Background: Psychoactive substance use aiming at increased performance at work or while studying, usually referred to as pharmacological cognitive enhancement (PCE), has been extensively researched in recent years. While large scale national studies have tried to assess the prevalence of PCE among the general population, cross-cultural comparisons have been hampered by the different definitions and designs included. In addition, the non-medical use of prescription drugs indicated to treat the symptoms of the Attention Deficit Hyperactivity Disorder (ADHD) has been the focus of discussion, yet no study has addressed the association between ADHD rates, prescribing behaviour and PCE yet.
Methods: The Global Drug Survey is an annually conducted anonymous web survey on substance use. Two data sets from male and female Global Drug Survey (GDS) participants aged 16 to 65 years with no previous ADHD diagnosis were analysed to assess12-month PCE in 15 countries. GDS2015 (n = 79,640) examined the patterns of and motives for stimulant PCE, while GDS2017 (n = 29,758) focused on both the use of stimulant and sedative drugs for PCE RESULTS: When comparing the study samples 2015 and 2017, PCE with prescription and illegal stimulants and modafinil increased across all countries. People who used stimulant drugs and modafinil for PCE rated the perceived effect on cognitive performance most beneficial, while alcohol was the substance with the most adverse effect.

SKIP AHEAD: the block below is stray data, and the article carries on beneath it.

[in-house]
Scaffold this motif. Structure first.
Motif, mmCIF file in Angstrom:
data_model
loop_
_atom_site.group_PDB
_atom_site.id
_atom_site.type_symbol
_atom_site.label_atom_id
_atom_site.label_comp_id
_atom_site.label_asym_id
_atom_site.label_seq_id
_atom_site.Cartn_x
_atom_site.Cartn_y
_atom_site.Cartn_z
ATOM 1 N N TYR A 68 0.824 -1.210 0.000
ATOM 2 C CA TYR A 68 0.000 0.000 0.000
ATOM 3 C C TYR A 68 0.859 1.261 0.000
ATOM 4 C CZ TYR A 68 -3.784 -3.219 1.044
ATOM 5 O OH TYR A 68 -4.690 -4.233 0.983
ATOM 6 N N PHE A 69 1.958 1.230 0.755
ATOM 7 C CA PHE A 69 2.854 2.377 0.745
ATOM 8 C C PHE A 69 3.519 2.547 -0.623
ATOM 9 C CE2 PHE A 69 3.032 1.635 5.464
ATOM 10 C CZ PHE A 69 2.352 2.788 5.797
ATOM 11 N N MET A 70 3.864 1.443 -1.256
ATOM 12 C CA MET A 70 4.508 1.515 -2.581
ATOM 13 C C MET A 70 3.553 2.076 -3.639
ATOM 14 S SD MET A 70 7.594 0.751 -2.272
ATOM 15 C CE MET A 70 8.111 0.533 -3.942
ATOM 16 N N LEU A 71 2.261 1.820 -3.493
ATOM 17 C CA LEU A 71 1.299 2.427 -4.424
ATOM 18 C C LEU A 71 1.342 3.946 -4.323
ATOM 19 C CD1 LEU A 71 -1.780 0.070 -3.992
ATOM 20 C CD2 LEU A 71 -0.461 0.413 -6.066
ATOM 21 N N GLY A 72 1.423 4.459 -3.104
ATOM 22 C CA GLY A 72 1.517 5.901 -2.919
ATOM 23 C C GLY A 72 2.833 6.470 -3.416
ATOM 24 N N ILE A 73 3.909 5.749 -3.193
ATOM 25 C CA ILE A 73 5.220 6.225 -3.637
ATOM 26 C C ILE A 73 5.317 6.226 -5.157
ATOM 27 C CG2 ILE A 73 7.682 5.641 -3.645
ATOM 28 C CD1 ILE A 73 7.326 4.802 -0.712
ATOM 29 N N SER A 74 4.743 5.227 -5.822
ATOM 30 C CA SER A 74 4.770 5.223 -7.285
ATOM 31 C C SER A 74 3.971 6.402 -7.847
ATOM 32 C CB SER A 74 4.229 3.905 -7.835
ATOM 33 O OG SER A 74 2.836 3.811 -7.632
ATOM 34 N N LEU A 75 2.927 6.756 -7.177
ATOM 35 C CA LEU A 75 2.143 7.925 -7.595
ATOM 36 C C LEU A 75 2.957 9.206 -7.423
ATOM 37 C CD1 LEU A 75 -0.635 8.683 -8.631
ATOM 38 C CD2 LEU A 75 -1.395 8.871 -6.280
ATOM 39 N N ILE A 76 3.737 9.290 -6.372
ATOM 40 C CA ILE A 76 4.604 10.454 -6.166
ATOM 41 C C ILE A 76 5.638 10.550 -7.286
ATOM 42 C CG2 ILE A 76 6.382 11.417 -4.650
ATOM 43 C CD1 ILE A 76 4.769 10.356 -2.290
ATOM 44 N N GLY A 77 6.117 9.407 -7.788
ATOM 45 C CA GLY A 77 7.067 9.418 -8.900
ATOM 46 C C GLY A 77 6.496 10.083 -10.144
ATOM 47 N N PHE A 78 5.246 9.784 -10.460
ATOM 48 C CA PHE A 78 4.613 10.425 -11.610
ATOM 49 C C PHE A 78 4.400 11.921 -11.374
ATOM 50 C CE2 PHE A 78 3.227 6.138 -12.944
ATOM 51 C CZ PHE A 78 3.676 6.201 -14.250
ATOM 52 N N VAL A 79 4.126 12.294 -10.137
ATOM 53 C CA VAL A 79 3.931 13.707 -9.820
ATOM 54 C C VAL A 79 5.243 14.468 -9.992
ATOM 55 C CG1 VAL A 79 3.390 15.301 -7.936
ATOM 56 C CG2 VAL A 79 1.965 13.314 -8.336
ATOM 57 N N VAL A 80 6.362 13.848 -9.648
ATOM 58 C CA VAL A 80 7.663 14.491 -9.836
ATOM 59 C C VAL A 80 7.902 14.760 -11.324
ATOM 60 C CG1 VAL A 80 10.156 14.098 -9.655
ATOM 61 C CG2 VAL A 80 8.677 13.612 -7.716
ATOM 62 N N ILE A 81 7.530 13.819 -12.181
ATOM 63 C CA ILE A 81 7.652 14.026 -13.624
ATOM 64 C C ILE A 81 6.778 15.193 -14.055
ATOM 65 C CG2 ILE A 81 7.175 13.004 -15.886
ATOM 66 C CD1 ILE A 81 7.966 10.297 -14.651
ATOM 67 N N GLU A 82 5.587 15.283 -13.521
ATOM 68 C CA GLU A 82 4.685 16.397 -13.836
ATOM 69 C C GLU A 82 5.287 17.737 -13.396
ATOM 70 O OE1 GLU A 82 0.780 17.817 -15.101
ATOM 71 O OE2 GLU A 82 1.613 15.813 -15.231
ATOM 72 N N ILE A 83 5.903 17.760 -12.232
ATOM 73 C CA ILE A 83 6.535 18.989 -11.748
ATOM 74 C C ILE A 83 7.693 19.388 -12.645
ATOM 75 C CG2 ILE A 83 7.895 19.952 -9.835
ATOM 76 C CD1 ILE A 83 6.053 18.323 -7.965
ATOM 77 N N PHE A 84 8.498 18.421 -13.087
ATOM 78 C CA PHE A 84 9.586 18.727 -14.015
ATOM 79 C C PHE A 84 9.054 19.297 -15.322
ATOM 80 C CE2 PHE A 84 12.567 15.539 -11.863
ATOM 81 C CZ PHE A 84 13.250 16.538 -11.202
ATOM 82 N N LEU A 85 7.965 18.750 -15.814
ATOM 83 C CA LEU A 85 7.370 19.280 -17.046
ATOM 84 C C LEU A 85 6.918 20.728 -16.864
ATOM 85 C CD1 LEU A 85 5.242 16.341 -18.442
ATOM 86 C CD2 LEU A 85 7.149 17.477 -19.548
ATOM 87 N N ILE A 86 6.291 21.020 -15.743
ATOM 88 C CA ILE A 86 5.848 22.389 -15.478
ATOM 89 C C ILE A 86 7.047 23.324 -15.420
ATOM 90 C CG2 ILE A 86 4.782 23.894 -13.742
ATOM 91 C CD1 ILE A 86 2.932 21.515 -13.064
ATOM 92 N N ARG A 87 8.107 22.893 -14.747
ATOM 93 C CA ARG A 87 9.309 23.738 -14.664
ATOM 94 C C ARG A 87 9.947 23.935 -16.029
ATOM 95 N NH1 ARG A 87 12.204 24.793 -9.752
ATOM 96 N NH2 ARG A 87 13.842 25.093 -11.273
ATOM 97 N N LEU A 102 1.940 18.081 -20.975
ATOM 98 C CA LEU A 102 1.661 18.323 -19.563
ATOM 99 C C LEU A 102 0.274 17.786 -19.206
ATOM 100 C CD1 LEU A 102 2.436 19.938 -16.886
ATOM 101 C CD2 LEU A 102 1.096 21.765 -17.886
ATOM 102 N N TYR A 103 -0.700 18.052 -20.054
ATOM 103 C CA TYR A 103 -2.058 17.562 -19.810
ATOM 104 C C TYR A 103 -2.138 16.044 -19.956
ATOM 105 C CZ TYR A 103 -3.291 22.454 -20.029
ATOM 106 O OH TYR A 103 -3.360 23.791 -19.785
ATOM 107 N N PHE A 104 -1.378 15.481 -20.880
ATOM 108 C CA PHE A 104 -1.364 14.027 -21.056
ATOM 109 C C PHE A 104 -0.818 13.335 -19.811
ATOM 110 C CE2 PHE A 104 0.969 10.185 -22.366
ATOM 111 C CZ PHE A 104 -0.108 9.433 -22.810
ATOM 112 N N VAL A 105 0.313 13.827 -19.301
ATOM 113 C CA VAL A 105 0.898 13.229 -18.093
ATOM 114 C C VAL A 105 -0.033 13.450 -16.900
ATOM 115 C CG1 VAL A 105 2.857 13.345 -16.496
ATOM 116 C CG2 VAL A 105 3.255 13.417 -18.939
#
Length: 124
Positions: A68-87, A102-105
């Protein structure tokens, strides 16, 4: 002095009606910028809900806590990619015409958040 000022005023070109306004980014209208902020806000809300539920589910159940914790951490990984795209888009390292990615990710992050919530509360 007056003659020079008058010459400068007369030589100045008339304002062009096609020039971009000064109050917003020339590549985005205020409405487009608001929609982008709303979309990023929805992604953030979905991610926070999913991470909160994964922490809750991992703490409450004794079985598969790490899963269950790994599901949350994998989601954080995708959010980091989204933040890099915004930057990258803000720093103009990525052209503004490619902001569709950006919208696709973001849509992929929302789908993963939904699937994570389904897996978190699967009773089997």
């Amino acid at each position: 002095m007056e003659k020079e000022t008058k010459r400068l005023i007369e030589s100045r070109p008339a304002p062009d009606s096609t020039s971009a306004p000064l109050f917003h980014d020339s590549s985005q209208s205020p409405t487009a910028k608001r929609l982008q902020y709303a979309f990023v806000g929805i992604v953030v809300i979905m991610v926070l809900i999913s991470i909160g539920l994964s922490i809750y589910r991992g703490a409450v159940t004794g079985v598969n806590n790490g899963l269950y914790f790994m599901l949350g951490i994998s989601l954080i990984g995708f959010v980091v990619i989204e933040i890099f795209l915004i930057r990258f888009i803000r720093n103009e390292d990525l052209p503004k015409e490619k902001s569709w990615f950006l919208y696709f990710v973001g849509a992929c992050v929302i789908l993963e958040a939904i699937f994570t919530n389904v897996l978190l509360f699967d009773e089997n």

Conclusion: The analysis of data on stimulant use for PCE in the largest global sample highlights relatively low-risk PCE use patterns except for participants with illegal stimulant use for PCE. The globalisation of ADHD, physicians' prescribing behaviour and changes in drug policy are likely to influence the country-specific rate of PCE among non-ADHD individuals what calls for further investigation.
Keywords: ADHD; Cognitive enhancement; Illegal drug use; Non-medical use; Stimulants.
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